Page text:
In vitro induction systems for analyses of amphibian organogenesis and body patterning
Published: 1 February 2001
T Ariizumi and M Asashima
CREST, Japan Science and Technology Corporation, The University of Tokyo. email@example.com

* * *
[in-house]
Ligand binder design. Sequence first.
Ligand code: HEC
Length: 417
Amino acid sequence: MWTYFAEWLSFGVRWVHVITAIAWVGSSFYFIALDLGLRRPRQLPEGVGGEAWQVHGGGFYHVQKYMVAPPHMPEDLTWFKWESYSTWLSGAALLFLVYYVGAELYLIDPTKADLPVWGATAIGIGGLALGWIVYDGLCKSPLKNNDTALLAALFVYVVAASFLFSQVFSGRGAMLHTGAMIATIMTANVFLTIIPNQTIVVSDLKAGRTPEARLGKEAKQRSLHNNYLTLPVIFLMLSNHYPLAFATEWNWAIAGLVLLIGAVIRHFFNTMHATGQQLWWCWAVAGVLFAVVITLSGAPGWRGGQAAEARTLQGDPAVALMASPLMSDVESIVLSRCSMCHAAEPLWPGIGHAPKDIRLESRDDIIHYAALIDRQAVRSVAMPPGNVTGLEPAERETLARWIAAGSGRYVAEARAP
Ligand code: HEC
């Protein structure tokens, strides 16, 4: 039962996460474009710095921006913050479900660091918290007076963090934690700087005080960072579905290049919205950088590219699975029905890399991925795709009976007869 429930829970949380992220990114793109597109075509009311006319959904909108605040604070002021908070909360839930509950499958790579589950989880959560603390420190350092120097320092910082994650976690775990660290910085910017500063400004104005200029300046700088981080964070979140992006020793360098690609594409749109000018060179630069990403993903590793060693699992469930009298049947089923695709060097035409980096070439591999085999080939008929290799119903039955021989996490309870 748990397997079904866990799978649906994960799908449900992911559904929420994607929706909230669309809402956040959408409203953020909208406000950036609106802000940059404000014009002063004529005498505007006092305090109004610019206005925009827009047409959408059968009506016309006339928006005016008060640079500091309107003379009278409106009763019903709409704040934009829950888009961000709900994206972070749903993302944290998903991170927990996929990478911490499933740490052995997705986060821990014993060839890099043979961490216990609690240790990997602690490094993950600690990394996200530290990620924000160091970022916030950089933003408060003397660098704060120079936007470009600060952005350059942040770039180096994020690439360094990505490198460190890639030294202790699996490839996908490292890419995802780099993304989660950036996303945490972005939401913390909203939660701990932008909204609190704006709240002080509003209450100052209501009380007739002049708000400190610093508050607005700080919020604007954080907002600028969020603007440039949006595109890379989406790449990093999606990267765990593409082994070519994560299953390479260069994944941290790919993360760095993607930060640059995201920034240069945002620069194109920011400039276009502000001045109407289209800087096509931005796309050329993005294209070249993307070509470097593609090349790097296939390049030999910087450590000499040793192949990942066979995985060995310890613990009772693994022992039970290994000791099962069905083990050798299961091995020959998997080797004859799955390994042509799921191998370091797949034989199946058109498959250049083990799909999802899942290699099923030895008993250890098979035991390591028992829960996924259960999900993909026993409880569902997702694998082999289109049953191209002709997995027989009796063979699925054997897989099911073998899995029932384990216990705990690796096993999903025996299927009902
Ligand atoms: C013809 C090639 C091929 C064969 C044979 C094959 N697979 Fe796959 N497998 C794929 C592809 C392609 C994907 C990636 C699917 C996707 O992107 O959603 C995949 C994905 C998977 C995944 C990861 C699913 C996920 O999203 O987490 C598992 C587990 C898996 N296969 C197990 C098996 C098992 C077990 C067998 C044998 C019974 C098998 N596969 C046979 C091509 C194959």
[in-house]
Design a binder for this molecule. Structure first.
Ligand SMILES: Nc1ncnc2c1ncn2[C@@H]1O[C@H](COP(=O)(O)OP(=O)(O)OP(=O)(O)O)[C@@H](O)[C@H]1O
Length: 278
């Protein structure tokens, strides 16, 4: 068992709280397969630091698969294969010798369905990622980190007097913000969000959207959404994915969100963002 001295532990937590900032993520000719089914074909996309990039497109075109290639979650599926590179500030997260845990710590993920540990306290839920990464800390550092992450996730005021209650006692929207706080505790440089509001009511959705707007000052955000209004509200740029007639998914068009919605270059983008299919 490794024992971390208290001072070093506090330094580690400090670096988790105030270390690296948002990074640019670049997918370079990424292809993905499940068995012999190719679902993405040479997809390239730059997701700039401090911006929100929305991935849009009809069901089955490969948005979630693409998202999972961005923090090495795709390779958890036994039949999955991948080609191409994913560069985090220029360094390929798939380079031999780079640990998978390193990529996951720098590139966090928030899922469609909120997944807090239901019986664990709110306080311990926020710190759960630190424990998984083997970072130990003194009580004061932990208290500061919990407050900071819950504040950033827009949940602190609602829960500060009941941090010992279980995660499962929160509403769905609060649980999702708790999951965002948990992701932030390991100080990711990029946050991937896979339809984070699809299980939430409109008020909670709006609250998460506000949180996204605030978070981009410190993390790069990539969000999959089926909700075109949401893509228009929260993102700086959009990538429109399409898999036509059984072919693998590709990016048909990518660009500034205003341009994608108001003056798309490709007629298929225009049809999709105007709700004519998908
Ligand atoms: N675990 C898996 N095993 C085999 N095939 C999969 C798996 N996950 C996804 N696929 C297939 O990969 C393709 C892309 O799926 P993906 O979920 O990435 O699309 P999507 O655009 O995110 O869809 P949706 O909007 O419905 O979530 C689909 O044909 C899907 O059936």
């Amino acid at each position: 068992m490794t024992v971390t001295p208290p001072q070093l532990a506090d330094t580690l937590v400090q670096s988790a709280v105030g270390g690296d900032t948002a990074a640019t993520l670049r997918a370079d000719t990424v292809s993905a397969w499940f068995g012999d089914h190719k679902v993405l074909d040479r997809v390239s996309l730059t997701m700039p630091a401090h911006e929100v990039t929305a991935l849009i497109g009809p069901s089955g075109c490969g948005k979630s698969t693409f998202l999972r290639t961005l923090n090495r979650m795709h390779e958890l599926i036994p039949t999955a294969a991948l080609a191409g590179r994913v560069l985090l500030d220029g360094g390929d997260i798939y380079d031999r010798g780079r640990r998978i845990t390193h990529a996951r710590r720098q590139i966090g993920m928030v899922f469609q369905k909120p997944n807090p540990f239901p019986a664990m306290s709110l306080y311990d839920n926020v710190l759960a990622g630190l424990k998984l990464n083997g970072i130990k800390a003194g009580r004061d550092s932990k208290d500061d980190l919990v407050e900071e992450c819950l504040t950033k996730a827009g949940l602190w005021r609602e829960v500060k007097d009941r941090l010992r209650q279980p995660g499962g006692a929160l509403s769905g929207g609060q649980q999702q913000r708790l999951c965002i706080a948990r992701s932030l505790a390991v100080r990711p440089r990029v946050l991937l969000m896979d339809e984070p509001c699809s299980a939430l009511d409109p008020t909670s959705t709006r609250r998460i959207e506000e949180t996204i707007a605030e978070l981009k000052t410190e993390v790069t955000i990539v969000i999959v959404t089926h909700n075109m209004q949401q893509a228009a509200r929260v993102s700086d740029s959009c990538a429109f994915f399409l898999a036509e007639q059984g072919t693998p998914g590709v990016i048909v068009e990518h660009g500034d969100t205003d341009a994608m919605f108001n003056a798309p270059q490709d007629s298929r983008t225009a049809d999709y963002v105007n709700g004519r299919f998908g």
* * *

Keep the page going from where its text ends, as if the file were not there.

The discovery that some well-known growth factors have inducing activity in embryogenesis has accelerated our understanding of embryonic induction. Relevant receptors, signal transduction pathways and patterns of gene expression have been characterized over the past decade. Amphibian embryos have provided an excellent model for analysis of embryonic induction because they are easily surgically manipulated and cultured in vitro, and with the addition of treatment with various inducing factors we have been able to control organogenesis and body patterning during early development in vitro. Activin A, a TGF-beta family protein, has a potent mesoderm-inducing activity on the isolated ectoderm called the animal cap. Activin induces animal caps to differentiate into various mesodermal and endodermal tissues, including beating hearts, in a dose-dependent fashion. Activin, in combination with retinoic acid, also induces the formation of the pronephros, a primitive embryonic kidney. The in vitro induced kidney was confirmed to function in vivo in a transplantation experiment. Furthermore, the activin-induced animal caps organize heads or trunk-and-tails in exactly the same manner as the organizer. The potential use of in vitro induction systems to further our understanding of vertebrate organogenesis and body patterning will be discussed.